OBITUARY:Andrew Bateson

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The Independent Online
Perhaps Andrew Bateson first realised that he was destined for big things at the Bar when, in the early 1960s, operatives from M15 arrived to instal a wall-safe in his rambling family home at Walton-on-Thames. The safe was to protect the secret documents he would be handling as a junior in the Vassall Inquiry.

It was as a junior too that his questioning reduced the opera singer Maria Callas to a pallor that matched the whiteness of her famous turban. The case between the two Greek shipping magnates, Vergottis v Onassis, was supposed to be over the ownership of a tanker though everyone knew that it was really over the past ownership of the diva herself. The case won by Bateson for Vergottis, hinged on a dinner conservation with Callas at the Ritz in Paris.

Like many of his profession, Andrew Bateson possessed a wide histrionic armoury. This ranged from icy charm to a whiplash retort. He was at his most dangerous when almost obsequiously leading a victim towards the hidden dead-fall. He possessed a razor-sharp mind that could slice any legal argument to its slimmest essentials or else demolish it altogether. These talents enabled him to win many famous courtroom victories for an extremely wide variety of clients that included Telly Savalas (accused of forgetting his lines by the Daily Mail), Gilbert O'Sullivan and Sting (after a larger share of the profits from their work), Private Eye (against Robert Maxwell), and Freddy Laker.

Perhaps the case that gave him most satisfaction was the total exoneration of Capt John Broome, wrongly accused of taking the destroyer escort away from a convoy of merchant ships taking supplies to Russia in 1942, and leaving it, out of cowardice, to its fate. The captain was awarded pounds 40,000 in damages.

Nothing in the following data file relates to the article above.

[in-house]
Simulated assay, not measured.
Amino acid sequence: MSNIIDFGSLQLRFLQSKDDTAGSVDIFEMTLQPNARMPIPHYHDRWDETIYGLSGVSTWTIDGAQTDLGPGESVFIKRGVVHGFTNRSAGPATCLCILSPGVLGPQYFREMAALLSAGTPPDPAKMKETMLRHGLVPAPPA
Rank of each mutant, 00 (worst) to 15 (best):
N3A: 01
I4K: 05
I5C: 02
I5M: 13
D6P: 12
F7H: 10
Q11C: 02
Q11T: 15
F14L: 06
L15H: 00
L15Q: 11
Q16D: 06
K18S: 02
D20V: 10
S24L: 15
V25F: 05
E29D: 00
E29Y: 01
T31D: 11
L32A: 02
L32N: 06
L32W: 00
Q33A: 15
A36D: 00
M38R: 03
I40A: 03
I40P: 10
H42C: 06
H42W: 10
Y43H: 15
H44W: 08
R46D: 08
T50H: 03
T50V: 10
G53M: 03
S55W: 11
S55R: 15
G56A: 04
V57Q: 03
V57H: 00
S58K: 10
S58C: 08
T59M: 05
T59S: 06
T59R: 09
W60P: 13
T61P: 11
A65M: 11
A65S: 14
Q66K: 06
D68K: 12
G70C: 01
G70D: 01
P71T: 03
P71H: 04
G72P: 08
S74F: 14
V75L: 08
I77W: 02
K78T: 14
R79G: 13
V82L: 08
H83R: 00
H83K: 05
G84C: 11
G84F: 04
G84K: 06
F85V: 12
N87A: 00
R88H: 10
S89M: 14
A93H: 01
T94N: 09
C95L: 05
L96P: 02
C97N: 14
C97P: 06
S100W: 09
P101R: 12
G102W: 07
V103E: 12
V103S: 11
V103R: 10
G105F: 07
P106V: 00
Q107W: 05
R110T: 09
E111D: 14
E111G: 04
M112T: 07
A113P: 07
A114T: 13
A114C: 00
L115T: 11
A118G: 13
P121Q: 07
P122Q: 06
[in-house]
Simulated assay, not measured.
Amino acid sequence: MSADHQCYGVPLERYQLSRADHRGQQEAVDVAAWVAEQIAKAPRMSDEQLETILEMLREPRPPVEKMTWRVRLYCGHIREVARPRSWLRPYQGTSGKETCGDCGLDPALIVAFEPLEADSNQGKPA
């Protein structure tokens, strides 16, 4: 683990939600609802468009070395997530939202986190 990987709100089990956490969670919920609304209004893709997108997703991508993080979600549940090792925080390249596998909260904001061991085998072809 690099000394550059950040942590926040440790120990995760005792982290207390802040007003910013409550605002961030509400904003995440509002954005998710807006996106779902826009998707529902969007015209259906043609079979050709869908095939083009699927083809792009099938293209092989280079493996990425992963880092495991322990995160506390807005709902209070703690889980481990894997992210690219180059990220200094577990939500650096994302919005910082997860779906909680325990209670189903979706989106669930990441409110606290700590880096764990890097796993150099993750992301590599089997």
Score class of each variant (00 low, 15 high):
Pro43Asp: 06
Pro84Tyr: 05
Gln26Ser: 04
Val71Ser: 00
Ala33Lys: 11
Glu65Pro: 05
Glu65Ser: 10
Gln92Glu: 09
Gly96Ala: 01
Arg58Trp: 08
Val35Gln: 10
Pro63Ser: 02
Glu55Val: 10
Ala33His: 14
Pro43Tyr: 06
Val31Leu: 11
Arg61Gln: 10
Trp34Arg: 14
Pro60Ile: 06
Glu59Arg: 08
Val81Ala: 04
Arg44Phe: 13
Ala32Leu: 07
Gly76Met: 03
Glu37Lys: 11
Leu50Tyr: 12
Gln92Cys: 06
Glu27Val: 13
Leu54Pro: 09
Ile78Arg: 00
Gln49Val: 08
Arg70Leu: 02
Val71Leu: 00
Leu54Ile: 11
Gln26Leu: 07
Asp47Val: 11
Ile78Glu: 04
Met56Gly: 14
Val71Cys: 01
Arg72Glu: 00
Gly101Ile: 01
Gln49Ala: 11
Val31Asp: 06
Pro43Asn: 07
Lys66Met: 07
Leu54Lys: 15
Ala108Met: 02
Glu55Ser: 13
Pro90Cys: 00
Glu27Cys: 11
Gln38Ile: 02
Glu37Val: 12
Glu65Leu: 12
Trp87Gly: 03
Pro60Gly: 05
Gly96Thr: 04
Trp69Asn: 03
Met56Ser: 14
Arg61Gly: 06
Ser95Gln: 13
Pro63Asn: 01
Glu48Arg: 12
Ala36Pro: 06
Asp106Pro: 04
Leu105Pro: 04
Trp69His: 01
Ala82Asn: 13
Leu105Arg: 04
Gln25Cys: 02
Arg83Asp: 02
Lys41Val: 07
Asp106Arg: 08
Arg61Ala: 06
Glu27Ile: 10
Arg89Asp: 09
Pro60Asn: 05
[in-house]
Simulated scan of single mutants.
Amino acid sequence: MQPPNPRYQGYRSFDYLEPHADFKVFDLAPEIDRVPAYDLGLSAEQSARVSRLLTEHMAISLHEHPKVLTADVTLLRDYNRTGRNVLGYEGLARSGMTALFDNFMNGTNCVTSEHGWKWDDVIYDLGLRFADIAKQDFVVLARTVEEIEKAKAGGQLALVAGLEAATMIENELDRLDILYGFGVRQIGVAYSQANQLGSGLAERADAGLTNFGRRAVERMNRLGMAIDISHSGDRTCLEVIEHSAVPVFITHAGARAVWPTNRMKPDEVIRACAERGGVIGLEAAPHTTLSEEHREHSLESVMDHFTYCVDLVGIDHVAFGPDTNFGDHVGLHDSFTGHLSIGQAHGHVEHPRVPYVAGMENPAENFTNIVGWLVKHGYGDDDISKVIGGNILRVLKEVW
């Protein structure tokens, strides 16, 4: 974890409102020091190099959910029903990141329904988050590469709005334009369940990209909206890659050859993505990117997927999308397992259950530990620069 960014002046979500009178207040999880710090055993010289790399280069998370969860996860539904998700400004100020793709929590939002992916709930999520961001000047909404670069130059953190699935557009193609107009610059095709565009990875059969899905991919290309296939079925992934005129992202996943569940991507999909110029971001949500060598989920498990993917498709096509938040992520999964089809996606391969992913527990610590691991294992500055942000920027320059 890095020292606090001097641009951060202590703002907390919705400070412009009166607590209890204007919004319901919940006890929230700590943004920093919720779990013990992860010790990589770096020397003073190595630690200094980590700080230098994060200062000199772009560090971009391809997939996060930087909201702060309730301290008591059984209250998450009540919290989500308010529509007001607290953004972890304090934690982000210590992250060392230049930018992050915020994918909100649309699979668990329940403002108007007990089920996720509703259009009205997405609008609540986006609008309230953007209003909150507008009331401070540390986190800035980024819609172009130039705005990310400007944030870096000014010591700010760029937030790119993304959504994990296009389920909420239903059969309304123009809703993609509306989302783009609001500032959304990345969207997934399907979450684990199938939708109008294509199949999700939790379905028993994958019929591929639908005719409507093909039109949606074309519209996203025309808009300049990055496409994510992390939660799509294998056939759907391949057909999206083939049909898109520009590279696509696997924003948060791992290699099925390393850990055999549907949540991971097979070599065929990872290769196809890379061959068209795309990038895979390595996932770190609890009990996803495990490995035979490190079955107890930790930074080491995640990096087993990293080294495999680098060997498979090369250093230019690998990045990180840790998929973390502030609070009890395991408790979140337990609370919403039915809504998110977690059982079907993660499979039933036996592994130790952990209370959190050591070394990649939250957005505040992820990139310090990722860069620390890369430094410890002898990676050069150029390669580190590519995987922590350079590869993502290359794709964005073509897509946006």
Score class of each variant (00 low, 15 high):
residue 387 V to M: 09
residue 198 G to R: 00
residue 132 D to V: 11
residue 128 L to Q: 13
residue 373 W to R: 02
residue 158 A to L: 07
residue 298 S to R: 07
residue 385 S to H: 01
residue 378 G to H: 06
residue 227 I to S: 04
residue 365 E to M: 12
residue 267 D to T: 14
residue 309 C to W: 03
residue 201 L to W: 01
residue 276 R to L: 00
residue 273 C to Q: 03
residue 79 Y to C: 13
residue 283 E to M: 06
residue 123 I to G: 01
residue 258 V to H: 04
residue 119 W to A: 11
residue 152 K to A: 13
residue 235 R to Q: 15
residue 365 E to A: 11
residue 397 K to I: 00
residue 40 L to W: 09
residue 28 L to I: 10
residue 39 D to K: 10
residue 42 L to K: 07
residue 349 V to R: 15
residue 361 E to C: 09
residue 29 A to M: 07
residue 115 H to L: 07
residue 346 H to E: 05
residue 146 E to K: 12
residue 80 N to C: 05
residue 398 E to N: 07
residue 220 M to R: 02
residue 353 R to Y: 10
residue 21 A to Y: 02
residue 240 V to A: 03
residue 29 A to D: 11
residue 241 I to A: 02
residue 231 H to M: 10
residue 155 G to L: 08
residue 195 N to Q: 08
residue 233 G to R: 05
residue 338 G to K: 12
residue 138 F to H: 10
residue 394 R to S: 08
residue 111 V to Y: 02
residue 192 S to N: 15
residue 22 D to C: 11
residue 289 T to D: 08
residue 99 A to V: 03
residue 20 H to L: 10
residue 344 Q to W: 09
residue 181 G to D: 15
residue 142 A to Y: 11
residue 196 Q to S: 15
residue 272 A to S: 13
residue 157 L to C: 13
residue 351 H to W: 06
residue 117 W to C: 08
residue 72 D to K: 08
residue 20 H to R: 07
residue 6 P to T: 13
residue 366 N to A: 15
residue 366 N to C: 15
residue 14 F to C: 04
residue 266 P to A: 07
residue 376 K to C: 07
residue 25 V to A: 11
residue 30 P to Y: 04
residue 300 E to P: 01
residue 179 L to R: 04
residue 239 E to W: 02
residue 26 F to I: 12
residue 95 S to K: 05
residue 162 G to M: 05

He tended to chose friends who could give as good as they got in conversation and liked them even better if they could occasionally win a bout of verbal fisticuffs. But this apparently spiky exterior disguised a nature of extreme kindness. Bateson was the original hard chocolate with the soft centre.

This was apparent in his family life. In 1954 he married Jan Poupart, a member of the family of nurserymen and Covent Garden growers. Tragically she developed multiple sclerosis soon after the birth of their fourth child and died in 1970. While following his distinguished career at the Bar - he took Silk in 1971 - he devotedly looked after his wife and reared his three daughters and son after her death. Not surprisingly they all turned out to be highly individual and interesting people.

He may have had legal ambitions for his son, Angus, but accepted with total equanimity and support his son's declaration that he wanted instead to go into the meat trade. His support, however, temporarily waned one hot summer evening when he opened his greenhouse door to discover that his son had deposited there half a ton of steak, only too obviously past its prime.

Andrew Bateson was an excellent all-round angler. His quarry ranged from blue sharks to brown trout. He loved shooting, gun dogs, which he ruined with kindness, cats, and the odd cockatoo. He even loved Jack Russell terriers, a gift given only to a chosen few. He was a very knowledgeable gardener and it is typical of Andrew Bateson and his children that he was laid to rest in his truly dreadful gardening clothes.

Colin Willock

Andrew James Bateson, barrister: born London 29 June 1925, called to the Bar, Middle Temple 1951; Bencher 1977; married 1954 Janette Poupart (died 1970; one son, three daughters); died Cobham, Surrey 22 June 1995.

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